Gameday update: Loyola at No. 22 Wichita State

Loyola’s Donte Ingram guards Wichita State’s Ron Baker at Gentile Arena in Chicago.
Loyola’s Donte Ingram guards Wichita State’s Ron Baker at Gentile Arena in Chicago. Associated Press

▪  Diminshed three-point shooting is in part responsible for dragging down Loyola’s season. The Ramblers control the pace and play good defense and are willing to take charges to make up for a lack of shot-blockers.

But that work too often goes to waste on the offensive end.


Three-point percentage 2014-15

Three-point percentage 2015-16

Milton Doyle

42 percent (29-69)



Devon Turk





Donte Ingram





Earl Peterson





Ben Richardson





As a team, the Ramblers are shooting 34.5 percent from three-point range, down from 39.2 last season.

With last season’s outside accuracy and Christian Thomas as a bit of a post-up threat, the Ramblers ranked sixth in the MVC in offensive efficiency, a number hurt by turnovers. This season, the Ramblers rank ninth in offensive efficency. They are still turning the ball over too much (almost 20 percent of their possessions end with a turnover) and shooting poorly inside and beyond the arc.

▪  A person can’t discuss Loyola’s three-season tenure in the MVC without discussing attendance.

It’s bad. The Ramblers average 1,726 in 4,963-seat Gentile Arena.

We are spoiled in Kansas and that gives us an unrealistic view of college basketball attendance.

Watch TV on any given night and you will see arenas with plenty of empty seats at schools in higher-profile conferences. MVC attendance, on the whole, is above average. Koch Arena, Allen Fieldhouse and Bramlage Coliseum packed in November and on weeknights is not the norm.

Last season, No. 94 Bradley (5,726), No. 98 Illinois State (5,483) and No. 100 Missouri State (5,300) ranked in the top 100 of NCAA attendance figures (WSU was No. 36). With 351 schools in NCAA Division I, the MVC is comfortably in the upper third in attendance.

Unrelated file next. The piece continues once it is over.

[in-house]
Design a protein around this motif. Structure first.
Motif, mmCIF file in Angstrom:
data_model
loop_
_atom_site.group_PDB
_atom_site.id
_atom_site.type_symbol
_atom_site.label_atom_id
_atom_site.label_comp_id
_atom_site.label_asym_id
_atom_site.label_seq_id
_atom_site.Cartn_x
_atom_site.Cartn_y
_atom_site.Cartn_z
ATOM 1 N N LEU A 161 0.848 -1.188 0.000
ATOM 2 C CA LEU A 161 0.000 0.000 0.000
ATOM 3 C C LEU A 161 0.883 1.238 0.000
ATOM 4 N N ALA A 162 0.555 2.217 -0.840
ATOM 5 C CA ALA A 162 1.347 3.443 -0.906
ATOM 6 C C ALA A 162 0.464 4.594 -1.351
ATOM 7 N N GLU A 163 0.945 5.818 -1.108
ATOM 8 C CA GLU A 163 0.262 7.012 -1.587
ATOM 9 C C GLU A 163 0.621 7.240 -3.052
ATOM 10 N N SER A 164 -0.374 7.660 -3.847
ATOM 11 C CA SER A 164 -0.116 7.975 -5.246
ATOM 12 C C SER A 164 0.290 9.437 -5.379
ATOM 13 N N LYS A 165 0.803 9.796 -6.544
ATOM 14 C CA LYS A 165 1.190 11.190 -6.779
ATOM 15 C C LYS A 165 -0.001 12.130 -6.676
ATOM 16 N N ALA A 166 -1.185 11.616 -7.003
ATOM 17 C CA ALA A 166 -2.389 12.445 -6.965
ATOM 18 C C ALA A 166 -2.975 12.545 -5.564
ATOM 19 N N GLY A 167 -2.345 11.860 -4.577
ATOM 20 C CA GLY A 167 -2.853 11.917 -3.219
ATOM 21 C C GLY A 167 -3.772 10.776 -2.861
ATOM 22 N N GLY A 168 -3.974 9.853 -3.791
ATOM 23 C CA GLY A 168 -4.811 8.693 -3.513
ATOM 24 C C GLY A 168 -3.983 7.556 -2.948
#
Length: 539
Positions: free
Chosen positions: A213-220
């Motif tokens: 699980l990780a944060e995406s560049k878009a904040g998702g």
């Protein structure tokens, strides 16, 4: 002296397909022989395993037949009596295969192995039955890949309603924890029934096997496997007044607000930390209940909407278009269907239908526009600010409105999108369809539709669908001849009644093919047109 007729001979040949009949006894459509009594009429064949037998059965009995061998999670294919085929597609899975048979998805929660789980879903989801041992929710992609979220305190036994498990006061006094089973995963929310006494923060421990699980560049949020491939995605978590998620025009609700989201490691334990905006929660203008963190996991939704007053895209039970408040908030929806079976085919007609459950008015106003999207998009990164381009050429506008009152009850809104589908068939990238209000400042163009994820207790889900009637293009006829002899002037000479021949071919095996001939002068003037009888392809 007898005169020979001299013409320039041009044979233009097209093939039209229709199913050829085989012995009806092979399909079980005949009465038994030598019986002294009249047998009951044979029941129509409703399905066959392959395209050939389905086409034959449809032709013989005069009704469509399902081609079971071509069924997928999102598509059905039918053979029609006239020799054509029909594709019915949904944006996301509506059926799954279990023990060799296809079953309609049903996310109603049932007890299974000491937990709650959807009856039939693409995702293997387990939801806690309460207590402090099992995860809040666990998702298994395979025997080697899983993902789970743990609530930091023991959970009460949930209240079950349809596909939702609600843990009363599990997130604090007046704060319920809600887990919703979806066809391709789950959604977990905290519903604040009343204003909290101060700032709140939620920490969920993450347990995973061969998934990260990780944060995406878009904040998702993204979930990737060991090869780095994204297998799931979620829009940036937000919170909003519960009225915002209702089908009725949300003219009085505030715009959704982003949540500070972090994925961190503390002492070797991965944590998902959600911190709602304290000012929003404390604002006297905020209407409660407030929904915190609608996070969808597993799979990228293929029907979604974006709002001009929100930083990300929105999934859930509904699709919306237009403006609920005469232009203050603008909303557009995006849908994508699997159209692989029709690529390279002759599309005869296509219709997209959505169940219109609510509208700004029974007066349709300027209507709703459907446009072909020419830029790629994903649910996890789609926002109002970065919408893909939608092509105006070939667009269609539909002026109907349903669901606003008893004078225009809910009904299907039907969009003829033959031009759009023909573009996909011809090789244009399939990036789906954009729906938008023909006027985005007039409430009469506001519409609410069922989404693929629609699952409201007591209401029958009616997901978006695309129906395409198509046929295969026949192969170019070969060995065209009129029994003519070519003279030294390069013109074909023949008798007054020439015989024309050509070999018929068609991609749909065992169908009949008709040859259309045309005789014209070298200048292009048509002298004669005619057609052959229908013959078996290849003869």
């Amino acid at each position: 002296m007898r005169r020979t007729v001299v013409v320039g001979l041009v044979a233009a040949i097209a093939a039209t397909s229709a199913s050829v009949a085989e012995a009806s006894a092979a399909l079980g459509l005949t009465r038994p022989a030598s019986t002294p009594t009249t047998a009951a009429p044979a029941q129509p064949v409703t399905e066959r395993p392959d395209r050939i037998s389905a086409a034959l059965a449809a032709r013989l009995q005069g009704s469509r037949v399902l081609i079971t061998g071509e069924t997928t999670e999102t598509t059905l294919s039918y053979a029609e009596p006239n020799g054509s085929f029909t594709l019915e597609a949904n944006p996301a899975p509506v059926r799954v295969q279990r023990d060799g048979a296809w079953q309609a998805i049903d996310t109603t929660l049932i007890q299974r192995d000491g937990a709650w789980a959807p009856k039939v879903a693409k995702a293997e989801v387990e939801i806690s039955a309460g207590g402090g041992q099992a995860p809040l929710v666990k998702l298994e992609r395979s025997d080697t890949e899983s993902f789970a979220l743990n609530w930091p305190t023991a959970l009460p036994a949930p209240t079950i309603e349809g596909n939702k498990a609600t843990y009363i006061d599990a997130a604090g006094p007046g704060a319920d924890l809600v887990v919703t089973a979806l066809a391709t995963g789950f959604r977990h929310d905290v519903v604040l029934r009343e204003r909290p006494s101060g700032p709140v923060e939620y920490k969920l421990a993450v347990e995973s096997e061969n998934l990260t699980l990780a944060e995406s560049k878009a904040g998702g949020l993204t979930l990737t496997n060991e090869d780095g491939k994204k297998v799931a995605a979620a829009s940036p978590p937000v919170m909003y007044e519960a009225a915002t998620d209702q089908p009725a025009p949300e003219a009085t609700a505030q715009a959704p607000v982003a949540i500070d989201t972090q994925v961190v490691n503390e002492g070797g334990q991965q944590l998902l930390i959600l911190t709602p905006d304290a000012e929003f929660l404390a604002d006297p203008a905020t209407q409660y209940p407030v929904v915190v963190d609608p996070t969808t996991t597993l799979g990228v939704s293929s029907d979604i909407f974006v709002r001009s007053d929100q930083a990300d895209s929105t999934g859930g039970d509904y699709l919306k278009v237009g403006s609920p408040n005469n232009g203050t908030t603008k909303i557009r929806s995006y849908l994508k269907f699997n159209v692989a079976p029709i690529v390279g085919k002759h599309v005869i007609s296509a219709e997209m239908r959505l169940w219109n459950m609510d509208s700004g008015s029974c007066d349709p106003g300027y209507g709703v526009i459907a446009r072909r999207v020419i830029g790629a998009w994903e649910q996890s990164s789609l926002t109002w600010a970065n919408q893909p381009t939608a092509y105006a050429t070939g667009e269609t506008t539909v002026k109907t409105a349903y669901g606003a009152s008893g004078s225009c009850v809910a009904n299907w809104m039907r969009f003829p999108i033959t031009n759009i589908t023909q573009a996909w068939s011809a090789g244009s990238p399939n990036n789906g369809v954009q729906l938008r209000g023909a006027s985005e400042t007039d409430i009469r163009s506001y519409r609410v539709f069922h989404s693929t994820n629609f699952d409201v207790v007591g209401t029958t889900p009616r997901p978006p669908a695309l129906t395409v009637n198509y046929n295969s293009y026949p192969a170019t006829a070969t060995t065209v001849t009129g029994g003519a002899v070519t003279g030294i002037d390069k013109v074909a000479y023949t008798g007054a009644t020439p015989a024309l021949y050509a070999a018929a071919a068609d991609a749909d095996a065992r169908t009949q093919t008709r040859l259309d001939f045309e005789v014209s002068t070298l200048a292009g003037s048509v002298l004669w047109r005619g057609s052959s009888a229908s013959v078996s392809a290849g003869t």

We think attendance at most MVC arenas is horrible. In some cases, it is. In many, the arena is too big. Schools (or cities) build arenas for concerts, graduation, conventions and other events. Sometimes that means a bunch of empty seats ruin the look on TV and the atmosphere in the arena. Some places can’t fill a 10,000-seat arena and it’s more a reflection of population than it is a lack of affection for basketball.

Bradley - Carver Arena (11,164). Peoria’s downtown arena is suitable for the Braves, who were a big draw in better days. While losing 2,000 seats wouldn’t hurt, Bradley is near the bottom of the list for schools that should down-size.

The potential is there.

Drake - Knapp Center (7,152). A 5,000-seat arena would suit Drake. However, this place was packed in 2008 when the Bulldogs won the MVC title. With Des Moines to draw from, Drake can fill a lot of seats in (its rare) good seasons.

Evansville - Ford Center (8,930). The Aces used to be the kind of draw that could regularly fill 9,000 seats. Now, it’s about 2,000 more than they need. Like Bradley, however, fans would return quickly for a winner.

Ilinois State - Redbird Arena (10,000). You could knock 1,000 seats out and not lose the atmosphere. Redbirds fans seem to turn out for big games, but won’t fill the upper deck consistently.

Indiana State - Hulman Center (10,200). The MVC’s smallest public school would be better off in a 6,000-seat arena.

Loyola - Gentile Arena (4,963). Loyola should be able to draw reasonable crowds with consistent success.

Missouri State - JQH Arena (11,000). I wouldn’t change a thing about this arena, which is one of the MVC’s best. Sure, it’s probably 1,000 seats ambitious, but it looks great. MSU and Springfield are big enough to support that size.

Northern Iowa - McLeod Center (6,650). Perfect size for the school and community.

Southern Ilinois - SIU Arena (8,339). This size seems appropriate for the school and community. As this year proves, fans will show up when the Salukis win.

Wichita State - Koch Arena (10,506). You could make an argument for 500-1,000 more seats, but it’s not necessary. The size allows WSU to fill it for all games (although some student seats go unused), create a great atmopshere and create a demand for season tickets.


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